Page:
China's Wen Blames Crisis on Lax Controls
Tuesday, February 3, 2009
LONDON, Feb. 2 -- Chinese Premier Wen Jiabao, after a meeting here with British Prime Minister Gordon Brown on Monday, said that a lack of effective regulation had played a key role in unleashing the global financial crisis and its "disastrous consequences."
"Some financial institutions pursued profit in a blind way, without effective regulation," Wen said, adding that the crisis "shows how dangerous a totally unregulated market can be."
The Chinese premier's comments came two months before President Obama, Wen and other leaders of 20 of the world's largest economies meet in London to discuss a new system to monitor the global financial system.
Brown, who will host the meeting, has spearheaded calls for an international watchdog, saying, "You can't deal with the problems of global financial markets with national systems of regulation."
Regulation is an issue that arouses particularly strong feelings in London, which has grown into a leading financial center in recent years in part because of its reputation for light regulation.
Many in the City, as London's financial district is called, have cautioned against overloading banks, insurance companies and other financial institutions with new bureaucratic rules, saying it would strangle future growth.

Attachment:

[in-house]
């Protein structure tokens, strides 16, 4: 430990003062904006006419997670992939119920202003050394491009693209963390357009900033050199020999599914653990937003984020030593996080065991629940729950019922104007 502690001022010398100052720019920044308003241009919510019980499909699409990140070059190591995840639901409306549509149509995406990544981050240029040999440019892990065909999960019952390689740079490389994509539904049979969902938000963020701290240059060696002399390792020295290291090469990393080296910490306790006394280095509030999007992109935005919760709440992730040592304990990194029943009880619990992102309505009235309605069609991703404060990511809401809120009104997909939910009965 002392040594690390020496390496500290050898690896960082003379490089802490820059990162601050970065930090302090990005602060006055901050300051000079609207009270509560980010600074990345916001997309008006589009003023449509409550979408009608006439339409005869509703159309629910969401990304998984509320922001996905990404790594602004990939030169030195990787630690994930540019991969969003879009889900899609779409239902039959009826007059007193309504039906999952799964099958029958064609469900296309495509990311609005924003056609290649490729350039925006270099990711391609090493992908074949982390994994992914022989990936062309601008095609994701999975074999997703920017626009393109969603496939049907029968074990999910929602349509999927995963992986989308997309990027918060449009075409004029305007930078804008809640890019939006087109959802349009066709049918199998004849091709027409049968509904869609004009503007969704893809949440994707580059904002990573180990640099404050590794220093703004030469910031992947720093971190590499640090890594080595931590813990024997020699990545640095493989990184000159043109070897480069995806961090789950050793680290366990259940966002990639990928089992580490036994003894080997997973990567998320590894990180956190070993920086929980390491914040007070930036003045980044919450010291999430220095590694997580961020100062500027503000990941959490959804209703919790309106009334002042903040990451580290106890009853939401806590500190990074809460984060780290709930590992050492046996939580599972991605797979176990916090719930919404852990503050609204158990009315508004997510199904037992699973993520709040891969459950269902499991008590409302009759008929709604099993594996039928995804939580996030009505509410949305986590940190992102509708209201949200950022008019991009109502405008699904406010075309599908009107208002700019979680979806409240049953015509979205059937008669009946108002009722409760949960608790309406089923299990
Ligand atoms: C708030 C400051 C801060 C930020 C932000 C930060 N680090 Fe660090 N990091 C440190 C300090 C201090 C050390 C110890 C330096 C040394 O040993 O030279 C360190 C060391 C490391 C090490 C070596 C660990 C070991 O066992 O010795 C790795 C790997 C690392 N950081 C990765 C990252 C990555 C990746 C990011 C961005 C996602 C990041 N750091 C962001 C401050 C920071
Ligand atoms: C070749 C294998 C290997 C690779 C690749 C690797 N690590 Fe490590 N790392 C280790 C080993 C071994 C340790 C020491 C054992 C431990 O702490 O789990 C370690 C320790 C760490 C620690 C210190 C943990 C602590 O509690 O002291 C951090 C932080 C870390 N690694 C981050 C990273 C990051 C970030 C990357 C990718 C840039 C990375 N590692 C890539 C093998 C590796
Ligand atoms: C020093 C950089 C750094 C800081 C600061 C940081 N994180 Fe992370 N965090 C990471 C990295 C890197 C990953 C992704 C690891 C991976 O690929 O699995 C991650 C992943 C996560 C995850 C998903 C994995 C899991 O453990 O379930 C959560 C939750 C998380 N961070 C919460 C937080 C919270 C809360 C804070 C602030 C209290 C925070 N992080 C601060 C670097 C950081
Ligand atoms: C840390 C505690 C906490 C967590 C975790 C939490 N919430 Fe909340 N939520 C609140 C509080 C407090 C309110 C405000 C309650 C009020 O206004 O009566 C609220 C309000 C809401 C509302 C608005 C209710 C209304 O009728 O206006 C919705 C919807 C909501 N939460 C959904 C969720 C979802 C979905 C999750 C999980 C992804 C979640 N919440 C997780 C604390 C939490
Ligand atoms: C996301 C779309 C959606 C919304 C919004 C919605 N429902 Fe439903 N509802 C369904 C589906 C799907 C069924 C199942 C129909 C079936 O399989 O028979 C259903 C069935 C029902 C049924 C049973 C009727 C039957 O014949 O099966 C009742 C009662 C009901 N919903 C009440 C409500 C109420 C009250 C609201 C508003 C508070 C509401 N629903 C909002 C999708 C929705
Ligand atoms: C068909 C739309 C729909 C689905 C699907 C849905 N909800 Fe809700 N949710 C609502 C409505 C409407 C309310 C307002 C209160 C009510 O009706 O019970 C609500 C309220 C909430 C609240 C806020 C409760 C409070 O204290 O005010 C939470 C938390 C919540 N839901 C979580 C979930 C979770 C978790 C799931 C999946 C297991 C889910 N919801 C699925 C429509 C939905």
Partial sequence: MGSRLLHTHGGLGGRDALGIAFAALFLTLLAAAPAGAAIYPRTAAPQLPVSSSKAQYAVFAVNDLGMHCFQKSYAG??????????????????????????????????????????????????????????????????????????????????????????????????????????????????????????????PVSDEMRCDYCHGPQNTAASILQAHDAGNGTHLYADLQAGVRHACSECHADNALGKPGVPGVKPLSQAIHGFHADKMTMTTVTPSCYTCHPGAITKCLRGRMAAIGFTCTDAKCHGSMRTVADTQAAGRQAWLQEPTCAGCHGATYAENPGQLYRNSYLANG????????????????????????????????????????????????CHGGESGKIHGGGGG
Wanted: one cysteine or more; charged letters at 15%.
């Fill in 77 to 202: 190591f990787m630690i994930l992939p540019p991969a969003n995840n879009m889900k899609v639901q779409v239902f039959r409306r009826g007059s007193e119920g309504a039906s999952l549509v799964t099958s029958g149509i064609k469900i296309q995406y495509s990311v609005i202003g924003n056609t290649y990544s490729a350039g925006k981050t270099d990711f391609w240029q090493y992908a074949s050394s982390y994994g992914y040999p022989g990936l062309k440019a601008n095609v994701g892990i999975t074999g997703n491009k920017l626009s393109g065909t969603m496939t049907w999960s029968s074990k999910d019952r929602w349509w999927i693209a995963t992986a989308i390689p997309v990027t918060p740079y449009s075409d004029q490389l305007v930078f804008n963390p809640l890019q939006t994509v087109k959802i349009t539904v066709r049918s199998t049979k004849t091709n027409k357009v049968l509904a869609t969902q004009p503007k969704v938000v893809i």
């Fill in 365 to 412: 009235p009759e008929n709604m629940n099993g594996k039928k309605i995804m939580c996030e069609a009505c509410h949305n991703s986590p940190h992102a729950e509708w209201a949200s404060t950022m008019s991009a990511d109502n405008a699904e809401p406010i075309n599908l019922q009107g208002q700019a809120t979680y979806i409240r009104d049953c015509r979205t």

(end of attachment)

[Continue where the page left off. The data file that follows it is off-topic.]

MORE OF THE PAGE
But political leaders, citing the overwhelming public outcry over a crisis that has sent housing prices plummeting and unemployment skyrocketing, are pushing for greater government oversight over a financial industry that is widely seen as out of control.
Adair Turner, Britain's top financial regulator, said Monday that the "horrendous instability" in the markets because of the crisis has left "little appetite" for light regulation.
"People realize that the cost of having gotten the regulatory system wrong is hugely higher than if we had regulated more tightly in the first place," Turner, head of Britain's Financial Services Authority, said in an interview.
Turner has called for, among other things, requiring banks to build up substantial capital in good economic times that can be used in bad times. He has also called for stricter regulation of investment banks, hedge funds and other institutions in what he has called the "shadow" banking system.
But many say they are worried that the hedge funds, foreign banks and other financial institutions that moved to London in recent years -- as the city promoted itself as an easier and less bureaucratic place to do business than its rival New York -- will leave.
Eamonn Butler, director of the London-based Adam Smith Institute, said there is likely to be "overkill" when it comes to new regulation. That could "gum up financial markets," he said, and prove so costly that it drives all but the biggest players out, hurting competition.